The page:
Research shows that 1 in 3 women who have been pregnant or had a baby may experience incontinence; and 6% of first-time mothers and 2% of women who have had a vaginal birth will experience a third or fourth-degree tear.  Both of which can have a considerable impact on their quality of life.

Some of the funds raised by Consultant Gynaecologist Andrew Pooley and Surgeon Adrian Fawcett during the Land’s End to John O’Groats (LeJog) cycle in August 2022, along with a grant from the Grace Trust, have funded the purchase of a biofeedback machine.

This machine can be used to help patients recover the strength of their pelvic floor muscles, by treating urinary and stress incontinence, a prolapsed uterus, bladder or bowel or anyone with weak pelvic floor muscles which are causing problems or pain.

Kingston Hospital’s, Pelvic Health Physiotherapist Team Lead, Lara Maddison explained:

The biofeedback machine allows patients to see how their pelvic floor muscles are working on a screen, which enables them to improve their technique and gives them the confidence that they are performing their exercises correctly.  This helps them to stick to their rehabilitation programme and optimise their recovery.’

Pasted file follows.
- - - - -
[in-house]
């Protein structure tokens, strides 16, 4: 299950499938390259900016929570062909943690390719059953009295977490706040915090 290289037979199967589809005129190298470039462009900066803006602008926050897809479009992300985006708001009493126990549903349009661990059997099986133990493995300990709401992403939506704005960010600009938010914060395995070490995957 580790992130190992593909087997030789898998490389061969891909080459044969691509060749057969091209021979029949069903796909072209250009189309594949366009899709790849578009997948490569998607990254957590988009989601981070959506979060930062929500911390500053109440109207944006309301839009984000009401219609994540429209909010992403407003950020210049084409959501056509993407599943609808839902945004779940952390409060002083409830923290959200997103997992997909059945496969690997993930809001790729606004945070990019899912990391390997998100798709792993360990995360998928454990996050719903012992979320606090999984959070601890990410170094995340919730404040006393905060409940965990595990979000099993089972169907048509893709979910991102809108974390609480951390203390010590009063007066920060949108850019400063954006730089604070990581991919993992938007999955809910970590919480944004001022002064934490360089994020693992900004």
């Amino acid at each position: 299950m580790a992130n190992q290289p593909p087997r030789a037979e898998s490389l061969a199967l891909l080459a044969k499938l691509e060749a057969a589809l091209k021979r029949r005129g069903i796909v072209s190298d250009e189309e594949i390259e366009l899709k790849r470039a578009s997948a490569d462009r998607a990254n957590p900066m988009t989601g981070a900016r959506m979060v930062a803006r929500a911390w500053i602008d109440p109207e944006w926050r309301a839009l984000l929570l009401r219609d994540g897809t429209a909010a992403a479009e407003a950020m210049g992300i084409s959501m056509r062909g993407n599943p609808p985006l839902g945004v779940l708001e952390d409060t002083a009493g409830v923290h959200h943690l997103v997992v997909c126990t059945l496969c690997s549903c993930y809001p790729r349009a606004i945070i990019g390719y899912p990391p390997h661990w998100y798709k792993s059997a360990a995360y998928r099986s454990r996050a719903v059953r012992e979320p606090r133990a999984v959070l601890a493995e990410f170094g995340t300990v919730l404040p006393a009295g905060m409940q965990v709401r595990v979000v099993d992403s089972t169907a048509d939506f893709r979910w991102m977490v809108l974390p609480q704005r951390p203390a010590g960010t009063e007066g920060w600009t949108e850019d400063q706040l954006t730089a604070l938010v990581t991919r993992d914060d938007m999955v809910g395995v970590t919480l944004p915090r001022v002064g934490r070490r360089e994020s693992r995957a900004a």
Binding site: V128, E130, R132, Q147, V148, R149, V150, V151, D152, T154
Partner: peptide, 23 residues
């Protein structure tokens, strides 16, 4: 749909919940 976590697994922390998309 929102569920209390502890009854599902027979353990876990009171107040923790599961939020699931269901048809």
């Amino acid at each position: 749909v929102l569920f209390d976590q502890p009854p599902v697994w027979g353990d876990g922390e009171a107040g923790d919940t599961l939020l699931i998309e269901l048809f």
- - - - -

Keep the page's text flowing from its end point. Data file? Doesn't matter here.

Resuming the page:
Since the arrival of the machine in February, Lara has treated one woman who had been experiencing urinary incontinence since the delivery of her first child and who had got progressively worse during her third pregnancy.  The patient said how watching her movements on the screen had made the exercises click in her brain.  She has now achieved her goal of returning to running and has been discharged.

The purchasing of the machine is part of Kingston Hospital’s objective to become the maternity hospital of choice for South-West London. Consultant Gynaecologist Andrew Pooley said:

We are delighted to help provide this valuable piece of equipment, that will greatly improve our ability to help patients recover from various forms of difficult childbirth. It is rewarding to hear that the device is now in use, helping our patients hopefully get back to their normal lives.

Four physiotherapists have been trained to use the biofeedback machine which will enable them to deliver more inventive and effective treatment packages for patients with the use of the machine’s interactive programmes and games.